By Andy Christian Castillo
“All waters north of Bengtsfors are drinkable,” explained Crister Emanuelsson, owner of Silverlake Camp, right before my girlfriend, Brianna and I pushed off from shore into a series of pristine lakes in Dalsland, a region on Sweden’s West Coast.
Once out on the water, a warm breeze blew through my hair and rustled leaves of trees, pulling ripples onto the lake’s otherwise glassy surface. It had taken us about two hours to drive up from the large city Gothenburg in our rental Volvo XC90 to the campground.
After the car ride, a chance to escape into nature was a welcome opportunity.
In that moment, as the bow of the canoe cut through the water, it seemed as if we were the only living creatures in the world, aside from skimming bugs and distant waterfowl.
We fell into a reach-pull rhythm of rowing and gliding, and soon clipped along at a steady pace. Brianna sat in front, her flannel shirt tied around her waist, blonde hair pulled up into a messy bun, freckled arms pulling at the oar. My girlfriend works as a yoga instructor and loves connecting with the outdoors; thus, I imagined she had a big smile on her face as well.
Matching paddle strokes in Dalsland’s pristine lakes
I was seated in the stern, matching paddle strokes with Brianna and guiding the canoe gently on its way. On either side, immense, rolling clouds rose up from above the trees along the shore. Below the shoreline, the clouds seemed to stretch down, symmetrically mirrored on the water’s surface.
Ducks drifted cautiously away from the canoe as we paddled closer to the shore, before taking flight in a thunder of wings, spraying water.
In many respects, West Sweden is similar to the northeastern United States. On the coast, red boathouses, calm inlets and the region’s peaceful way of life resemble Maine’s iconic coastline, only a bit less commercialized. Dalsland, which is a few hours inland, feels a lot like where I call home in western Massachusetts.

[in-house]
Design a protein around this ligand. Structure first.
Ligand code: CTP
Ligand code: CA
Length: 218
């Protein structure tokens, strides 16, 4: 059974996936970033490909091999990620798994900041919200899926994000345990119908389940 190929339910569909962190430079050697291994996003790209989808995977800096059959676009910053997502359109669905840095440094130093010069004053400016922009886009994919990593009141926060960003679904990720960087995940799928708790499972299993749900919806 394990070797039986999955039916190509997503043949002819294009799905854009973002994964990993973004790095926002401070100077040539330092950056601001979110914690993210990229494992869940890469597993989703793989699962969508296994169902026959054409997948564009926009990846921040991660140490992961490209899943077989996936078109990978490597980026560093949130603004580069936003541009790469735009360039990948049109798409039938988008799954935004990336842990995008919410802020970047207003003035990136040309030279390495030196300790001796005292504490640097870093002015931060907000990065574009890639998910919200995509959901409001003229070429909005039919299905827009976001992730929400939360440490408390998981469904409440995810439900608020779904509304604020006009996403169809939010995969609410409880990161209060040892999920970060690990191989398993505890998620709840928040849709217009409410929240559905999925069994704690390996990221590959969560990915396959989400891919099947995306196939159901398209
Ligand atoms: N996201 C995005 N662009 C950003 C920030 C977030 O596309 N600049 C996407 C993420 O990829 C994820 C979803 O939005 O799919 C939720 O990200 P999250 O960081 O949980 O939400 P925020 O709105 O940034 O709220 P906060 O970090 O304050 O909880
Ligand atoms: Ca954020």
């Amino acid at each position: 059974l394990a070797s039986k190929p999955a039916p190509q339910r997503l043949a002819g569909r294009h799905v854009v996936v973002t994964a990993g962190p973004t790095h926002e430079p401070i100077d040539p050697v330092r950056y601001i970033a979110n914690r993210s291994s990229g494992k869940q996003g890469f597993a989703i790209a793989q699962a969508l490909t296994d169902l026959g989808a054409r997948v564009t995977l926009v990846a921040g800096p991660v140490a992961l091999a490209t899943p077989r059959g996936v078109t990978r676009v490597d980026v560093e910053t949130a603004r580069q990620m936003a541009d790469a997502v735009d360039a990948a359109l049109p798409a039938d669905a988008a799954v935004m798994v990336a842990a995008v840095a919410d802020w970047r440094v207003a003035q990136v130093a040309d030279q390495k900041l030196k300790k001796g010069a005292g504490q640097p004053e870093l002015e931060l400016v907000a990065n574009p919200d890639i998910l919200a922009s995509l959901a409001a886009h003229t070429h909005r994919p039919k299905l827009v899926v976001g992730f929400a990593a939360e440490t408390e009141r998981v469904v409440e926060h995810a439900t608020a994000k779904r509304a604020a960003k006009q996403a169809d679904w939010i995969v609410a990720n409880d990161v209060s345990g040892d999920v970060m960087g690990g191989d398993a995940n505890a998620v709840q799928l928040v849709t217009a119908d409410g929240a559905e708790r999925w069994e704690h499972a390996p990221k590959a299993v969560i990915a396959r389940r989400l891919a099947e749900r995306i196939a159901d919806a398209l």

The Swedes have a high quality of life, as rugged as it is enjoyable. A great example of this is Swedish clothing style. On the west coast at least, it seemed as if everyone was fashionably dressed for a blizzard or freezing rain. I also found, through various interactions with local residents and transplants alike, that there’s a huge emphasis on land stewardship and keeping the local industry (especially fishing) vibrant, which reminded me of earlier travels along the coast of Nova Scotia in eastern Canada.
About an hour later, around lunchtime, we slowed our paddling and pulled the canoe up onto the short, pebbly beach of a small island in order to enjoy “fika,” a traditionally Swedish coffee break.
It was there we learned first hand that Emanuelsson was right: that the majority of the region’s roughly 1,000 freshwater lakes and more than 173,000 square miles of water is so clean it’s safe to drink straight from the lake.
After returning the canoe and saying goodbye to Emanuelsson, we drove about an hour and a half back toward Gothenburg to Dalsland’s Activities.
Over more fika, Pontus Gyllenberg, the activity center’s CEO, explained that the park has about 55 outdoor activities, including two long zip-lines and 10 high-ropes course, and draws more than 10,000 visitors per summer.